Mandibular Ramus/Coronoid Process Grafts in Maxillofacial Reconstructive Surgery

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20 Scopus citations


Purpose: To evaluate the utility of autogenous extended mandibular ramus and coronoid process bone grafts for maxillofacial reconstructive surgery. Patients and Methods: Twelve patients aged 23 to 76 years (mean, 52) who underwent extended ramus/coronoid process grafts for reconstruction of maxillofacial deformities due to trauma, alveolar atrophy, or iatrogenic nasal deformity. All patients had either unilateral or bilateral combined coronoid process-mandibular ramus bone grafts for their reconstruction. There was 1 nasal reconstruction, 2 unilateral mandibles, 1 bilateral mandible, 4 unilateral maxillas, 1 unilateral maxilla and mandible combined, and 1 bilateral maxilla and mandible combined. Results: The procedure was considered a success when the patient's deformities were reconstructed ad integrum and when there were no failures of the dental implants placed in the augmented areas as of the longest follow-up. All patients were successfully reconstructed. There was 1 infection at a donor site that resolved with local care and oral antibiotics. All but 1 of the maxillary and mandibular alveolar augmentations underwent endosteal implant placement approximately 4 to 6 months following grafting. The nasal reconstruction restored normal function and symmetry. Conclusion: Using both the coronoid process of the mandible and the mandibular ramus as a source for autogenous bone graft can provide sufficient bone in quantity and quality for selected maxillofacial reconstructions.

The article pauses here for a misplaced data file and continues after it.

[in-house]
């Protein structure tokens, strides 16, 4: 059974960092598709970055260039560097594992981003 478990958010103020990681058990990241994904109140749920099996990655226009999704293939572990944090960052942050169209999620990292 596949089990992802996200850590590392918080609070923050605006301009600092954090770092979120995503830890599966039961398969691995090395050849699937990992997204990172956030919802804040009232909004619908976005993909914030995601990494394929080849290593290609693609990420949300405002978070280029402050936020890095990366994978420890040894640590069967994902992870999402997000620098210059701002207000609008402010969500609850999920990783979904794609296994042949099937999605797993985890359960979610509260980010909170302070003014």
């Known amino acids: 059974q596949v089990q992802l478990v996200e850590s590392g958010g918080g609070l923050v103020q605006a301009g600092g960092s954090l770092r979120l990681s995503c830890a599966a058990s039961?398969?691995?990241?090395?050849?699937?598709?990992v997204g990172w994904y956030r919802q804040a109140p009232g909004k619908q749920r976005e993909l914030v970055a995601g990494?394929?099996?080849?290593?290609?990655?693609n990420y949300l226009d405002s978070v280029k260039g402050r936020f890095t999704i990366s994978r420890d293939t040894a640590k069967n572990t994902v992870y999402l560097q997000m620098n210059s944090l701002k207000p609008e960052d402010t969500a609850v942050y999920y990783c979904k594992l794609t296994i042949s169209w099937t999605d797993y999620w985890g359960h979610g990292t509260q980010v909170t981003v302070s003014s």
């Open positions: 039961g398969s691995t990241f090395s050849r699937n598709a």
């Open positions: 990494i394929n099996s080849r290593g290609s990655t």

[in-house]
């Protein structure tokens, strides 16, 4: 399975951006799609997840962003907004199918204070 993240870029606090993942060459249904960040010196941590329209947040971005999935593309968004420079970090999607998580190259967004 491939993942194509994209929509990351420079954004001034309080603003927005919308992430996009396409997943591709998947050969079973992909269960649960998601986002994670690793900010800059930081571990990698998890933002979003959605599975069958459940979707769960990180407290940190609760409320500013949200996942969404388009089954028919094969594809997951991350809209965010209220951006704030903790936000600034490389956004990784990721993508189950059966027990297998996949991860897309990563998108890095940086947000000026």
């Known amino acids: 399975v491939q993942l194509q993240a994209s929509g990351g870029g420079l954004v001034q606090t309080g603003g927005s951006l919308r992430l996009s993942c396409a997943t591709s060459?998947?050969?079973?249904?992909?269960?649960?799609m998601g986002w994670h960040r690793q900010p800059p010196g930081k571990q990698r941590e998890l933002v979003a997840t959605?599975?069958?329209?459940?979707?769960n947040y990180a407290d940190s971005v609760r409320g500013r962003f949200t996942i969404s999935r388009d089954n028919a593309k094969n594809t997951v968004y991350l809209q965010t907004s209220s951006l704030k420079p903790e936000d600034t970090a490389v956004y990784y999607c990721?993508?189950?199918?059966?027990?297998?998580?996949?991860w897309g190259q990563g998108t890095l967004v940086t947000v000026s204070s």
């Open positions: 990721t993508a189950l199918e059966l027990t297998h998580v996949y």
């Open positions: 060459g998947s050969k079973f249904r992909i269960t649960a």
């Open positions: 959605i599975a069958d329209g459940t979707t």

Original languageEnglish
Pages (from-to)641-646
Number of pages6
JournalJournal of Oral and Maxillofacial Surgery
Issue number3
StatePublished - Mar 2010
Externally publishedYes


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